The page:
May 25, 2021
Cedars-Sinai Kerlan-Jobe Institute Studies Impact of COVID-19 on Orthopedic Surgery
The COVID-19 pandemic ushered in significant changes to just about every aspect of “normal” living for people worldwide. Be it work, school, athletics, or exercise, many things a human could engage in pre-COVID were significantly altered, or in some cases, wholly suspended during the pandemic. The Cedars-Sinai Kerlan-Jobe Institute set out to understand how these pandemic-related changes in human behavior may have changed the experience of our orthopedic surgery practice. Our research team performed a study analysis carefully comparing the proportion of patients with an orthopedic injury requiring surgery during the pre-COVID-19 timeframe to those requiring surgery during the post-COVID-19 timeframe. This analysis was recently published in the Journal of Orthopaedics and highlighted some interesting findings and patterns.
The study examined 2,848 cases operated on between September 31, 2019, and September 4, 2020. The pre-COVID-19 cohort included 1917 patients, and the post-COVID-19 cohort included 913 patients. Although our practice experienced a significant decrease in the overall number of orthopedic surgeries performed during the post-COVID-19 period, one interesting finding was that the makeup of surgical cases changed by type. For instance, we saw a significant percentage increase in surgical procedures involving the hip and a substantial decrease in the percentage of hand and wrist procedures during the post-COVID-19 period when compared with the pre-COVID-19 period.
Though it is difficult to identify a particular reason why these changes in orthopedic surgery patterns occurred, there are some plausible explanations. One potential explanation for the increase in the surgical treatment of conditions affecting the hip might be attributable to patients experiencing more time flexibility in their schedule that could be dedicated to recovery from surgery. Whether it was working from home or a pause in athletics, we hypothesize that some patients were able to undergo surgical procedures they may have put off pre-pandemic due to newfound downtime in their otherwise busy life schedules.
Another possible explanation for the increased percentage of hip procedures is that many patients, especially those in California, experienced a sudden stay-at-home order and found themselves spending more of their time in a seated position. This may have led to an increase in the frequency, and potentially, the severity of hip condition symptoms. Yet another possible explanation for the rise in surgical cases involving the hip is that some patients found new forms of exercise during the pandemic. Regions throughout the nation experienced limited public exercise options due to pandemic-related closures of gyms, fitness studios, and swimming pools. Some patients who would have otherwise chosen these options for exercise may have taken to running outside as a safer alternative to maintaining their fitness. Running can aggravate issues with the hip and may have led to increased experience of symptoms for some patients. The above-cited examples likely were some of the major themes associated with our practice’s observed increase in hip surgery procedures.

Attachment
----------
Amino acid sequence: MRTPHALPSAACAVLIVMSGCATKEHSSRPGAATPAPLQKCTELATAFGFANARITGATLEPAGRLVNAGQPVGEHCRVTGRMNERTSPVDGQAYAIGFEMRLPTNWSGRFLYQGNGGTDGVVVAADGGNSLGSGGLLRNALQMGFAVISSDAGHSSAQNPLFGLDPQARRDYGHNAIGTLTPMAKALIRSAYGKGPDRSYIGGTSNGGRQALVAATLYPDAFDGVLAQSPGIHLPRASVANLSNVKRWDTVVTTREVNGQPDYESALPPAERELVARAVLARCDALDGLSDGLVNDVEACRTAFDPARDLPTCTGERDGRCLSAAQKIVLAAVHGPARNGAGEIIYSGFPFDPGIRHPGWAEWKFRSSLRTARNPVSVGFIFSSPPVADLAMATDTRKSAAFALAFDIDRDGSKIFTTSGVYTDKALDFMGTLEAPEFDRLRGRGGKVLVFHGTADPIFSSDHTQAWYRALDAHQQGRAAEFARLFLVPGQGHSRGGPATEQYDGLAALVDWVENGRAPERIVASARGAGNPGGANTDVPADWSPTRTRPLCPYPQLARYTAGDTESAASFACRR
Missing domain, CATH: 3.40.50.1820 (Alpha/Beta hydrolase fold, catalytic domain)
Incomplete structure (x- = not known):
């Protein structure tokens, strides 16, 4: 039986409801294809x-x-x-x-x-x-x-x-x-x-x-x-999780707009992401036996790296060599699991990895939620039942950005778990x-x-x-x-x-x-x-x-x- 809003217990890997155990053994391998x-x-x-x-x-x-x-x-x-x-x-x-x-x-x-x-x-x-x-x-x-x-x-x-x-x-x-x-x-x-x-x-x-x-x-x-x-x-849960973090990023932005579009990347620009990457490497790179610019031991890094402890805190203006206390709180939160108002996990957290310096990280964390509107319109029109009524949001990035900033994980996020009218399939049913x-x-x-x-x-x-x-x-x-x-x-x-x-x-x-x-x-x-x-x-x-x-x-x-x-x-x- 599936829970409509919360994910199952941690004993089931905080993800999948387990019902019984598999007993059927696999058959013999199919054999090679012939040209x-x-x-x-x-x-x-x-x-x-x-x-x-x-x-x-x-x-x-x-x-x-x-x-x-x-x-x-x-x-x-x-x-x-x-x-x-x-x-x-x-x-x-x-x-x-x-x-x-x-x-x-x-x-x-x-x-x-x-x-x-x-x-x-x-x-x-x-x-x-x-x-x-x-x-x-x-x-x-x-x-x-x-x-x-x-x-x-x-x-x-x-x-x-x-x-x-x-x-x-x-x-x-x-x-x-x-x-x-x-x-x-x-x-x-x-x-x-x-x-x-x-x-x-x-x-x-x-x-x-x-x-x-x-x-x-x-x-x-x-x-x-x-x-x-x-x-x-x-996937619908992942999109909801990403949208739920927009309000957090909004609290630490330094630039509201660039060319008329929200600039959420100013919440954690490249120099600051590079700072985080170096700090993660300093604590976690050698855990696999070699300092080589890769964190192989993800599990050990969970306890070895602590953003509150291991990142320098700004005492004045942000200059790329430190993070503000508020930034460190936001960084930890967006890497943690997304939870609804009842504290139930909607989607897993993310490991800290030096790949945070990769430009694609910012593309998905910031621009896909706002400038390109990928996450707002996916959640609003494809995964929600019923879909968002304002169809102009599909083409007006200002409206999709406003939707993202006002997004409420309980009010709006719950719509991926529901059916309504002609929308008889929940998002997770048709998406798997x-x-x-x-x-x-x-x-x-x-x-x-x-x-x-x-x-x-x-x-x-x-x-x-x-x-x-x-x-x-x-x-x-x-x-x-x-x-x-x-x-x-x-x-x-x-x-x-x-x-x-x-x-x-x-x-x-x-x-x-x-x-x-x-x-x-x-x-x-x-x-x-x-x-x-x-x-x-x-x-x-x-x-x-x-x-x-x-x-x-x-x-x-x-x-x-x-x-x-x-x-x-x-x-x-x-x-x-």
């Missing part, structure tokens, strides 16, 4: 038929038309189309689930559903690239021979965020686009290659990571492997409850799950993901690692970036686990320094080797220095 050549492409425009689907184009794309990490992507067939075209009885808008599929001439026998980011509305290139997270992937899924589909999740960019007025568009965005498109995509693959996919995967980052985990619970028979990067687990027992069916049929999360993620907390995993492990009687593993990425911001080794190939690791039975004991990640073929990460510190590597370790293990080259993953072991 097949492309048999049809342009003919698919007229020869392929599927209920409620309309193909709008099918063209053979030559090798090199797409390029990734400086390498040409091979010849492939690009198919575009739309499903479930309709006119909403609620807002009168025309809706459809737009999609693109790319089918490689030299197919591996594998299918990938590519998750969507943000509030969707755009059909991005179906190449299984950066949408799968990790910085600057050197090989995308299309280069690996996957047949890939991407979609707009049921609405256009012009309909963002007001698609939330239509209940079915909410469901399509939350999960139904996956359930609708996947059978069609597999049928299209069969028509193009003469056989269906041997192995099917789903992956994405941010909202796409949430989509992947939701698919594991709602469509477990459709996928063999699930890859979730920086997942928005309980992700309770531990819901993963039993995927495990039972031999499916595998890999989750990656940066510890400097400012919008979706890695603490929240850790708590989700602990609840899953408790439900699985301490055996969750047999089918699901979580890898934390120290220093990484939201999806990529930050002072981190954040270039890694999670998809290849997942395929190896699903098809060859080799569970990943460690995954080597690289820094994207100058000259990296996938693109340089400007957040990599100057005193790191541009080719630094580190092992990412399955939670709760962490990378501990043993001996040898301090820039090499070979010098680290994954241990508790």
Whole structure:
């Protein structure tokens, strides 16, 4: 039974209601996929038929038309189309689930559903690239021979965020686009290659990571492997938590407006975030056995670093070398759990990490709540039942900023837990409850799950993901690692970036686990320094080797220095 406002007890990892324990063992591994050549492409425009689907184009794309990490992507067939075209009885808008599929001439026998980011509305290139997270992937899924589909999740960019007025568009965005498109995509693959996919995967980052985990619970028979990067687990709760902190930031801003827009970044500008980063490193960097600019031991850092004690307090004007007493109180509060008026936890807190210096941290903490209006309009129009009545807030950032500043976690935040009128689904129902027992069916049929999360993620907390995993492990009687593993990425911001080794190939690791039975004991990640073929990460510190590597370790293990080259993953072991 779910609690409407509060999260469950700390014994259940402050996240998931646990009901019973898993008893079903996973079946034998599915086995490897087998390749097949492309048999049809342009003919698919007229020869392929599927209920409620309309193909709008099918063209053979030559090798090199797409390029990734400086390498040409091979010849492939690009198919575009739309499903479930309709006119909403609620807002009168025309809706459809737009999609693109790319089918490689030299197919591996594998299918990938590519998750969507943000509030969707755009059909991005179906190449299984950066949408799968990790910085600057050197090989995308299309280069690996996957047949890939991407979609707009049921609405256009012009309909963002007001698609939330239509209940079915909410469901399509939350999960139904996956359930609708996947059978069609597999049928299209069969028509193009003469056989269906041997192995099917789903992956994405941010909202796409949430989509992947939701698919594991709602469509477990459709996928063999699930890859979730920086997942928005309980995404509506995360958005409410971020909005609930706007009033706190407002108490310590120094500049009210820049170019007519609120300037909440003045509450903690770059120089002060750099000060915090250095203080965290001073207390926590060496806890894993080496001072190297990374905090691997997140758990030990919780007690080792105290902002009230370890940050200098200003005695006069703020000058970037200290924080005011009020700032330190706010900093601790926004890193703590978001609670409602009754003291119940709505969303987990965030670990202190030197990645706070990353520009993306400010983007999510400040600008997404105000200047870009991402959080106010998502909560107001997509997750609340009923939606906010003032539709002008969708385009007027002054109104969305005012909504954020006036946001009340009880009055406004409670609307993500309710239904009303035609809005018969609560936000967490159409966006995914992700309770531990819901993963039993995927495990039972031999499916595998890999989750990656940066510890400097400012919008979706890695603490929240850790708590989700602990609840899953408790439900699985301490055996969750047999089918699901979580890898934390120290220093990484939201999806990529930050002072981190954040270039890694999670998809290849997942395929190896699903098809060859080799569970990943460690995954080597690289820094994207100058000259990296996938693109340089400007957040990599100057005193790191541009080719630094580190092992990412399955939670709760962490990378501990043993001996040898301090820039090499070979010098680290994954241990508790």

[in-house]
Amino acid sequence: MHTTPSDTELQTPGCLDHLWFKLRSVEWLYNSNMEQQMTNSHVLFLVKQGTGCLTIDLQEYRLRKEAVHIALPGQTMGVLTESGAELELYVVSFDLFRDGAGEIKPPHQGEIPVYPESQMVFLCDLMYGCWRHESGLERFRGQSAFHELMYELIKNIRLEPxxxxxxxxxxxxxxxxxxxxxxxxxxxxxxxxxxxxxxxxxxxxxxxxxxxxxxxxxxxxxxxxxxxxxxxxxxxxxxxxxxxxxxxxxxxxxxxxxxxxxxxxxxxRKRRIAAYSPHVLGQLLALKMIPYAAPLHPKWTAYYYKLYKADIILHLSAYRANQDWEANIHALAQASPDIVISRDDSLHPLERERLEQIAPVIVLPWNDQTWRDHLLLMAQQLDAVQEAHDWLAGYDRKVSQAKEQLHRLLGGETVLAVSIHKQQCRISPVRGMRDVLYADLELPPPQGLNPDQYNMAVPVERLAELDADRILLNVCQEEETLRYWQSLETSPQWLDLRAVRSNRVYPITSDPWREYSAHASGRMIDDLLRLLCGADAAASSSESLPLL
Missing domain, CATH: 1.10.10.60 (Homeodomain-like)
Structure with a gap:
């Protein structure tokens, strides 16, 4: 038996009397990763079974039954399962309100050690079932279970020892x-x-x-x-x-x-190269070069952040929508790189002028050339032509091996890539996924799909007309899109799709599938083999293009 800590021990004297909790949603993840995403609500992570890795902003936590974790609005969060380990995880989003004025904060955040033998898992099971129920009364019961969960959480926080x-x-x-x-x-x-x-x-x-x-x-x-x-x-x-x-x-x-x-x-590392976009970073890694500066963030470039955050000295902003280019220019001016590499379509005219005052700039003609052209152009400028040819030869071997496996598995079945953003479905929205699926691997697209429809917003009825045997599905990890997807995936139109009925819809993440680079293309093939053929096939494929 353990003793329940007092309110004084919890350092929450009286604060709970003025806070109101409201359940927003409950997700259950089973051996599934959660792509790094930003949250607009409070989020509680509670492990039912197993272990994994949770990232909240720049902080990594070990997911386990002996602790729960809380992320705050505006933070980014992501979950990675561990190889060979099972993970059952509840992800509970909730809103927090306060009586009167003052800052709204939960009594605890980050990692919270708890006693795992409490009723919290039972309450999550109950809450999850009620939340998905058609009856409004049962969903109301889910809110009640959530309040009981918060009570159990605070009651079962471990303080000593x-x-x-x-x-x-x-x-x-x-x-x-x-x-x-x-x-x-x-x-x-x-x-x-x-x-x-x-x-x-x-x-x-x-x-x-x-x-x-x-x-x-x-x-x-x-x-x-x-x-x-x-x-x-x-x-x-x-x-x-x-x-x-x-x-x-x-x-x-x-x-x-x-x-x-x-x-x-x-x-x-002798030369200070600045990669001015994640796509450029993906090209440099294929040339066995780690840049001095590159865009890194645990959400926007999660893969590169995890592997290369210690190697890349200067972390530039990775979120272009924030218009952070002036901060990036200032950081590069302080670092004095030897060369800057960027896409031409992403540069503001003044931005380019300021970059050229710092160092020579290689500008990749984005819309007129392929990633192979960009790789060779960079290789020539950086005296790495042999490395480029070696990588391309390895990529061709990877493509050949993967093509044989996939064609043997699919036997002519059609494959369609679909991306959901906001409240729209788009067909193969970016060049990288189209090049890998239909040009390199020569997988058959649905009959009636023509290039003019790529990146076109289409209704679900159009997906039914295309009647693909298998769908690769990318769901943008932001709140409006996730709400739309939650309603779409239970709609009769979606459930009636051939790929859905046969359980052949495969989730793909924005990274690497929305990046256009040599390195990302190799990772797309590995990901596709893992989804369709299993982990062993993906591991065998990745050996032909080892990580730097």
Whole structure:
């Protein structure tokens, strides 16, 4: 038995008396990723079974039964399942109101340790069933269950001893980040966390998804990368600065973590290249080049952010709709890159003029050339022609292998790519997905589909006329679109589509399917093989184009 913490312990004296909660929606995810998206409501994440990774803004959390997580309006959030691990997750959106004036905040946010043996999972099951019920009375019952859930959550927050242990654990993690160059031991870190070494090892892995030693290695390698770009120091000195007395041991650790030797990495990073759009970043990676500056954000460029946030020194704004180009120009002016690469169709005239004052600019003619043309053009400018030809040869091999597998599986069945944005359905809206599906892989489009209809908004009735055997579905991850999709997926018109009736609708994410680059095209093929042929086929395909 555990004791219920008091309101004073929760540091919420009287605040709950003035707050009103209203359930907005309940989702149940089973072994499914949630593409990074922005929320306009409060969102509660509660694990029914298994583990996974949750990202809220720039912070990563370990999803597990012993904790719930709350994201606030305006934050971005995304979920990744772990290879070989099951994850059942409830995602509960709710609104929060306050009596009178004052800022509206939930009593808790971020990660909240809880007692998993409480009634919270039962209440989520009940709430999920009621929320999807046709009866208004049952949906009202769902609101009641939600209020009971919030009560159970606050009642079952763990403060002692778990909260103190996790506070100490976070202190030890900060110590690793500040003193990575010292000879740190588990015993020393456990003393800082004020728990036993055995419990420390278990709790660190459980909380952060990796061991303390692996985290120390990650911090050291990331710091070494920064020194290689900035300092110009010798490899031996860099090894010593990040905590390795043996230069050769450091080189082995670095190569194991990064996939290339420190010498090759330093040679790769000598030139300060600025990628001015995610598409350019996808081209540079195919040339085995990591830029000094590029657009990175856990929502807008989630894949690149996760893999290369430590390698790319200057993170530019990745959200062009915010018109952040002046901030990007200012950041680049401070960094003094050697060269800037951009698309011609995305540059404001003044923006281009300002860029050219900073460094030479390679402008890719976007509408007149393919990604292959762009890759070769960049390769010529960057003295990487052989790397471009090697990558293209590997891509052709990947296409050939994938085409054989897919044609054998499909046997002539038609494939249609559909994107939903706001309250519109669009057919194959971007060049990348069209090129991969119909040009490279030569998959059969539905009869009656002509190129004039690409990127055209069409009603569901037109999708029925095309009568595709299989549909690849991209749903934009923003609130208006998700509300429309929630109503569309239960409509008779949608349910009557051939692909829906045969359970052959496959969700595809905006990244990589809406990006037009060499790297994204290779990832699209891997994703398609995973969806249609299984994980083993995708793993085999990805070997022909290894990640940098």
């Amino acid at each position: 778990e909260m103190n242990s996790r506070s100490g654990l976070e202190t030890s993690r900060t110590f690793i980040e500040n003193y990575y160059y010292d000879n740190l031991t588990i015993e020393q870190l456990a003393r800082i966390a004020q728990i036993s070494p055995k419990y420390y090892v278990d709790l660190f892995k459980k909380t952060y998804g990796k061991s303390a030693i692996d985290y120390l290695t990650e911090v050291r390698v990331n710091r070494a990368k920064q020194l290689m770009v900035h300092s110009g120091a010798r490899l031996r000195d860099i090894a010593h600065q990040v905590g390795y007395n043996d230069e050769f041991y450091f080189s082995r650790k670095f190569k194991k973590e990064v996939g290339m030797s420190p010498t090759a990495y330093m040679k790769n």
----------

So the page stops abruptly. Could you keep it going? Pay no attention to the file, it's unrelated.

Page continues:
While we experienced an increase in surgical hip procedures, the inverse was true for trigger finger surgeries. Related to the decreased number of these procedure types, our study’s co-authors hypothesized two major themes. The first theme is similar to the one stated above for hip surgeries. The day-to-day practices of patients changed drastically for some people. Those changes may have led to a decrease in activities that aggravated trigger finger symptoms in some instances. Secondarily, trigger finger surgery is considered a minor procedure. Our authors speculate that people who may have opted for surgical repair pre-COVID-19 assessed their risks and may have decided to hold off surgery until the threat of COVID-19 exposure was not as high. Of course, these potential causes for the reduction we experienced in trigger finger procedures are hypotheses and certainly warrant further investigation.
In addition, we discovered that the number of surgical repairs of the distal biceps tendon in the elbow significantly increased in the post-COVID-19 timeframe. We think that because people were able to work from home, they had more time to do their own home improvement projects and a more regular weightlifting program which we speculate could be a cause for the increase in distal biceps tears.
It is important to note that, to our knowledge, a study such as this has not been conducted by another orthopedic institution to date. While we hope that will change over time, the informational findings in our study cannot necessarily yet be extrapolated to a larger orthopedic population. Additional research and further exploration should be conducted so that definitive results can emerge, which will help orthopedic practices more effectively tailor services to their patients in the future.